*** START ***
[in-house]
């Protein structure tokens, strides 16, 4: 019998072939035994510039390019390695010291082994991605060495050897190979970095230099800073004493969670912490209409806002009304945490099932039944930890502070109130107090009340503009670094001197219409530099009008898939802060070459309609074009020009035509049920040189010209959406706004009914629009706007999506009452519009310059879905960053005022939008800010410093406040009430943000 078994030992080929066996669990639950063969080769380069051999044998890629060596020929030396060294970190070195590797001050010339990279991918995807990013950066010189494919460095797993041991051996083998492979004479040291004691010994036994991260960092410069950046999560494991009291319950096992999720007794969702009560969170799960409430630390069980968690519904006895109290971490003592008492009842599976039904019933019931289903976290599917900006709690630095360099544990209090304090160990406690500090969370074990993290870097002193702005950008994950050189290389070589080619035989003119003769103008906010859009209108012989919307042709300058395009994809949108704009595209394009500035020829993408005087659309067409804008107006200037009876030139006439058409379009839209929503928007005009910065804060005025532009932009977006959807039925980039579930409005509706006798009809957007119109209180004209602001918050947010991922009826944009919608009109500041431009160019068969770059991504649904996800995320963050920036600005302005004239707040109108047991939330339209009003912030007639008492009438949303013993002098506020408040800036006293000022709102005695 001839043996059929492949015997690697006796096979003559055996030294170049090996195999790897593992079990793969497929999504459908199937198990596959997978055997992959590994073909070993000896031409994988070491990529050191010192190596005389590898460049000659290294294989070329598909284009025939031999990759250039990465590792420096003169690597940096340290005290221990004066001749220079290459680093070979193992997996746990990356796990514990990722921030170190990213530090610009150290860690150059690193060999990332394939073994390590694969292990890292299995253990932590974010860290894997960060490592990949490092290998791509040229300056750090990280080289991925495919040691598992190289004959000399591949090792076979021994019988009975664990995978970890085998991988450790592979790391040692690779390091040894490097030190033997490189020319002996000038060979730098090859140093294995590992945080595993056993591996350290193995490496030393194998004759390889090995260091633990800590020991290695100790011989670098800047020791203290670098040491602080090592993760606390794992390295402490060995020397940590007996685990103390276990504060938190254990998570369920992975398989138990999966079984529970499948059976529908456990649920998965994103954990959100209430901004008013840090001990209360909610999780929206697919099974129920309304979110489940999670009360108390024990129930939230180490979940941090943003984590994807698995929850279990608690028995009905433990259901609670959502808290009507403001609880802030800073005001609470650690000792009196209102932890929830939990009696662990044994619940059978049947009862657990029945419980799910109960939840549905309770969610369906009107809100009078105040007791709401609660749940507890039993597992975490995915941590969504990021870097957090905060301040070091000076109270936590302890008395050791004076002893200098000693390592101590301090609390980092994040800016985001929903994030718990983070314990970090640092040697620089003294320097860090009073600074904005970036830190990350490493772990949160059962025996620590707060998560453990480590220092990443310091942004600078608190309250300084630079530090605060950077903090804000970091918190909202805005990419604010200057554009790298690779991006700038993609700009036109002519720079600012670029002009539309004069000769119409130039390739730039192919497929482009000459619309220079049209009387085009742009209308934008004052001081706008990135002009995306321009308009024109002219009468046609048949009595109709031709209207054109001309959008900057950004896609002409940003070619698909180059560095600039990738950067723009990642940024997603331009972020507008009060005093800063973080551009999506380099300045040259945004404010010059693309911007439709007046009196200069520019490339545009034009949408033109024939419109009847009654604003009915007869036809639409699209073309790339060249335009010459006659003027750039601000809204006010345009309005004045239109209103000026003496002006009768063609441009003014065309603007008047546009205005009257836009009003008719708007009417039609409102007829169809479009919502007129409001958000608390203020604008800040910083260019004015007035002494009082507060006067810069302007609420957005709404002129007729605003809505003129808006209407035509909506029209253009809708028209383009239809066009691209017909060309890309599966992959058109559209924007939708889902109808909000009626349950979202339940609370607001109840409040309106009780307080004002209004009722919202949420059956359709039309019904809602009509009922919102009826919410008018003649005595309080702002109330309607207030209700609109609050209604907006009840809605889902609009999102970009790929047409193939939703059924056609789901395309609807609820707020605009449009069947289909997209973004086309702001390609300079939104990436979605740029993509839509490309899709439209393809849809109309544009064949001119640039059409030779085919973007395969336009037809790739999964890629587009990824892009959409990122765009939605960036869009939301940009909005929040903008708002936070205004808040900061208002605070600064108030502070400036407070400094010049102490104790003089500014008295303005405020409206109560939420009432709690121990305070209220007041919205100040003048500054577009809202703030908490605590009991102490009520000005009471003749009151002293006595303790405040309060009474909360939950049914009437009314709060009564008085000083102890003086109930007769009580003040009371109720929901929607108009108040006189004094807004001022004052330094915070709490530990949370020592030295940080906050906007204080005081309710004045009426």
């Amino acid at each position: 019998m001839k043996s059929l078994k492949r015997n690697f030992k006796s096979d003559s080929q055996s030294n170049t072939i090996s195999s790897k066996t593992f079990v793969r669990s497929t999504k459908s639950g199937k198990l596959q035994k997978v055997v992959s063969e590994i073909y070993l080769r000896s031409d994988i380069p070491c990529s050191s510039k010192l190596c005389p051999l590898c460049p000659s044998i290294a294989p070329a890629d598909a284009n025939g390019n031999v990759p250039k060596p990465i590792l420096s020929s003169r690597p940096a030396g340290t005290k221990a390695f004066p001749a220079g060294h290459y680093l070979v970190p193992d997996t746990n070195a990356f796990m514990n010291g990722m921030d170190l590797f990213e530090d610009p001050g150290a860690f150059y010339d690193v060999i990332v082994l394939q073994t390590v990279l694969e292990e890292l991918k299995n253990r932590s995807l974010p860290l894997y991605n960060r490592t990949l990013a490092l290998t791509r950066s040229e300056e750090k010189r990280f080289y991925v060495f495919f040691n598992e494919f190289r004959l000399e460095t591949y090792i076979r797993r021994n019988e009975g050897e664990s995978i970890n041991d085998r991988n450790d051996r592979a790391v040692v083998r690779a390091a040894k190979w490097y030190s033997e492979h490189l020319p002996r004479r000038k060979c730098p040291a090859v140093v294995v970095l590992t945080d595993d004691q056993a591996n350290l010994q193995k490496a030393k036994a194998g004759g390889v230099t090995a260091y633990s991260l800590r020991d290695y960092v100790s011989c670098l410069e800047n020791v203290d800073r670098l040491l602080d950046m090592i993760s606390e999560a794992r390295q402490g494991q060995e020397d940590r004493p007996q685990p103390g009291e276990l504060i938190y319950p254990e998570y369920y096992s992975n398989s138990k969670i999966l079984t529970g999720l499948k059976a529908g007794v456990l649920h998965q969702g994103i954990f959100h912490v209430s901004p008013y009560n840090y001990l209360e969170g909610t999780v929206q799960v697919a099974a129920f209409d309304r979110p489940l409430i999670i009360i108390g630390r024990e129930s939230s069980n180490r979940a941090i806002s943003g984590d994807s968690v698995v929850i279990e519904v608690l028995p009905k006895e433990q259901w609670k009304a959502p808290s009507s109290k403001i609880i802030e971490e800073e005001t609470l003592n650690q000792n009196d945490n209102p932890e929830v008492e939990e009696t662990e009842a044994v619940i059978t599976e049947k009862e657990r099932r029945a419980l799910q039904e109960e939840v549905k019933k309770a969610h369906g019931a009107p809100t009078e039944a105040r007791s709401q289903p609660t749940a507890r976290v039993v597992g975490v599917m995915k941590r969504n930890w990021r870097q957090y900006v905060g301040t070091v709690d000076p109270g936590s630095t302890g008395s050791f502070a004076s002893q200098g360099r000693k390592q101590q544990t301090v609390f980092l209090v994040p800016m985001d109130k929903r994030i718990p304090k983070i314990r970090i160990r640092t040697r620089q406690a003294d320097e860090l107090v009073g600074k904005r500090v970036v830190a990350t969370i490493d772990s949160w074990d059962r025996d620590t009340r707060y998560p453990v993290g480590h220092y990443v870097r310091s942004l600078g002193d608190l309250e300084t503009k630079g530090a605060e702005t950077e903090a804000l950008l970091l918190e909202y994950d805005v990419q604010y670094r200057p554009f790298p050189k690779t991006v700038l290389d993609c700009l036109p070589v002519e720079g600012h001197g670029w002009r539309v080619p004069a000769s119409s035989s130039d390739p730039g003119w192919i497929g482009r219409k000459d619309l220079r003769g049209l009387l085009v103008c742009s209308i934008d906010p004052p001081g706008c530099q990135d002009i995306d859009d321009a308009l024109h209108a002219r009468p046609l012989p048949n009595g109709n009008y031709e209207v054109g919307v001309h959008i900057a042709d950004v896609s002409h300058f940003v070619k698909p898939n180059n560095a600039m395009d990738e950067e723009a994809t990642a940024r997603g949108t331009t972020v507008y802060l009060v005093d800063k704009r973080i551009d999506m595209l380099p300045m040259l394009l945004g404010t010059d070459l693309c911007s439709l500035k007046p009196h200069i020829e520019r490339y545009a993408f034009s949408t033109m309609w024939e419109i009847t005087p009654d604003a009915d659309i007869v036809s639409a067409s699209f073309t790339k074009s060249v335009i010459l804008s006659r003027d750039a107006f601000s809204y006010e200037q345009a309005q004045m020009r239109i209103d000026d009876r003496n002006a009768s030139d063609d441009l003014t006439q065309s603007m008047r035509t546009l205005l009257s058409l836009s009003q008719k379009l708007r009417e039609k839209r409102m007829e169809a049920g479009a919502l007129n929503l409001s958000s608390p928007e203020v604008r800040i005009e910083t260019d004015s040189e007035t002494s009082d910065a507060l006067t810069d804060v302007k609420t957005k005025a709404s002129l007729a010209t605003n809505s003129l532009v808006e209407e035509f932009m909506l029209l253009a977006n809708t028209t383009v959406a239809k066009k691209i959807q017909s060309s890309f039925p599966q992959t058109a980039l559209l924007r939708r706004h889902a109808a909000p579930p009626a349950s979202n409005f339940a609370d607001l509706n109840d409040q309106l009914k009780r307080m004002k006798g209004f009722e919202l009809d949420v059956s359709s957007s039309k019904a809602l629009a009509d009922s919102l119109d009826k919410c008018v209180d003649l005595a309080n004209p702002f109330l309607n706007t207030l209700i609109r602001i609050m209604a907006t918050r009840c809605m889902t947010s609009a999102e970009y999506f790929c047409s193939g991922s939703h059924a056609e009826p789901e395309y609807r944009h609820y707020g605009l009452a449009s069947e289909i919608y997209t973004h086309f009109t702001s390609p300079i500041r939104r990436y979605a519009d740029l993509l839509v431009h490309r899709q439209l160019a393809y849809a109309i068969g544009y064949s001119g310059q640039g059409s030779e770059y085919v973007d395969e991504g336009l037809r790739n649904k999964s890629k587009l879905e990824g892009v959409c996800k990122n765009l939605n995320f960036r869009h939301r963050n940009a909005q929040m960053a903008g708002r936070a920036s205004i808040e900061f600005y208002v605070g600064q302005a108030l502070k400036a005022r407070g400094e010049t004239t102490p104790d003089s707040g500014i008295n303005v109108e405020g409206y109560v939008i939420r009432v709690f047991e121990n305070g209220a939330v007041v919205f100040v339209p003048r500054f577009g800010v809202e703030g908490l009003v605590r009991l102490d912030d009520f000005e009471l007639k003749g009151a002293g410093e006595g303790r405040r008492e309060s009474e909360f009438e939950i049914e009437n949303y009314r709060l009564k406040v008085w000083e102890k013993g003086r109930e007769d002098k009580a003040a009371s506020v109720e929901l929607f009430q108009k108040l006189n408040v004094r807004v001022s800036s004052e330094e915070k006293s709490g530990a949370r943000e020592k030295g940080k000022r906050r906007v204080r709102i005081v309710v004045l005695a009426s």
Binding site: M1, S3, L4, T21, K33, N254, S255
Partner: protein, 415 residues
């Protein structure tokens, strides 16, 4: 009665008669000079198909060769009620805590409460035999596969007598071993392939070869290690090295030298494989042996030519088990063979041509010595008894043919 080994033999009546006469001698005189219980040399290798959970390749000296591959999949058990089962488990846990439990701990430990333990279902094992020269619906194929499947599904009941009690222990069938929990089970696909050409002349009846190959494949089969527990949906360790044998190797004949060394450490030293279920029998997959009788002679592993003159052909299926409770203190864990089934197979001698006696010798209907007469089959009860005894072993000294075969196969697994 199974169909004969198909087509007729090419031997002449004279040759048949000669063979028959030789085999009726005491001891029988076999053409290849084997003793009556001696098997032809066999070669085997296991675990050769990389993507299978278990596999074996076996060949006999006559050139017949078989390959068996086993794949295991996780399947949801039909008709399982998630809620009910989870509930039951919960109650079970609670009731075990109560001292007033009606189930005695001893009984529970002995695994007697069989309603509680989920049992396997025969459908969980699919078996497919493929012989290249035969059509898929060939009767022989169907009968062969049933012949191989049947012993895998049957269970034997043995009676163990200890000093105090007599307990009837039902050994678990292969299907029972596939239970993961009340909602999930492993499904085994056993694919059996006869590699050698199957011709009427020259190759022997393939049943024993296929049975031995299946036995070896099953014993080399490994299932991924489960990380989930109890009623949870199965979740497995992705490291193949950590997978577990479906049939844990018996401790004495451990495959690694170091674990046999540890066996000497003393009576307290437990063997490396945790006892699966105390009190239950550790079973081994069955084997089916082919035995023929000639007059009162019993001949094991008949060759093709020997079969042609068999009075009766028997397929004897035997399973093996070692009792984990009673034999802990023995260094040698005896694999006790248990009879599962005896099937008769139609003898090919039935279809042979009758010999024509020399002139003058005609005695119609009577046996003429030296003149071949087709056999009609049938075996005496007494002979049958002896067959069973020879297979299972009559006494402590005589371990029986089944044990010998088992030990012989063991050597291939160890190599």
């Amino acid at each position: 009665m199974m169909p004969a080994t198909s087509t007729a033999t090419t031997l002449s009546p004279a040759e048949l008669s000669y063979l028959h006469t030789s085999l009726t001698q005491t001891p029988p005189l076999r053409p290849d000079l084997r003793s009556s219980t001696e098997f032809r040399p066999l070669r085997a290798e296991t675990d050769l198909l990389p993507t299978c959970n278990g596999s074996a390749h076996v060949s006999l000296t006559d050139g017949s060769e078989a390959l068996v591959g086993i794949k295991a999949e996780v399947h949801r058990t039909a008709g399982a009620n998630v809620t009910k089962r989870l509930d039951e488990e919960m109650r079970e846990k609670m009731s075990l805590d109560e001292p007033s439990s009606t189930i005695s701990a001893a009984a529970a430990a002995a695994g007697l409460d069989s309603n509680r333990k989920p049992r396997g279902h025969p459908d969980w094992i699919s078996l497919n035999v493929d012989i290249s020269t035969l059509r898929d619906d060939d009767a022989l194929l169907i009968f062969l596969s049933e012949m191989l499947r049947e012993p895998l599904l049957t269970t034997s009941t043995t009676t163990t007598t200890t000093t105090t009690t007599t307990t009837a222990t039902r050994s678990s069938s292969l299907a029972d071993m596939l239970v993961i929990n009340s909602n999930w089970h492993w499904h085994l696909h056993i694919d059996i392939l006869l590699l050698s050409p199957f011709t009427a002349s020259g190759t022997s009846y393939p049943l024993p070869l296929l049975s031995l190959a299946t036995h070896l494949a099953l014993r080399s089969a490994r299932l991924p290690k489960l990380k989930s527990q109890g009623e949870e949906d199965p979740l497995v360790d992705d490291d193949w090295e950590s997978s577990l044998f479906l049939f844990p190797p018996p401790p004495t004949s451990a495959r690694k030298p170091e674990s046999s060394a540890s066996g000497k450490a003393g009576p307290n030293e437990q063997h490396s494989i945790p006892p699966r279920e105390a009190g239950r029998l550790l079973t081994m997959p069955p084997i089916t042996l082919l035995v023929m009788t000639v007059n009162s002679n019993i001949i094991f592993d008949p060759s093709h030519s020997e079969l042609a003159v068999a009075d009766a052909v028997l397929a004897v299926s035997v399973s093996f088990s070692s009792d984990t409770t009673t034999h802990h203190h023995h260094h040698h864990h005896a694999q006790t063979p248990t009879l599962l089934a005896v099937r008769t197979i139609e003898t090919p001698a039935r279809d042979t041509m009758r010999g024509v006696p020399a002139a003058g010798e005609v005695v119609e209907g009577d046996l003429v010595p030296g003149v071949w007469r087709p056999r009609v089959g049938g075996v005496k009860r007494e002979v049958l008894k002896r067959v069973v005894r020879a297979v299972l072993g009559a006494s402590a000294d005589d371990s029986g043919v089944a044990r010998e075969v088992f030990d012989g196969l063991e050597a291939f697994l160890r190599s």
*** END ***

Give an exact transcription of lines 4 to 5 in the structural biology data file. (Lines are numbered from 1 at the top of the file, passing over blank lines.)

Binding site: M1, S3, L4, T21, K33, N254, S255
Partner: protein, 415 residues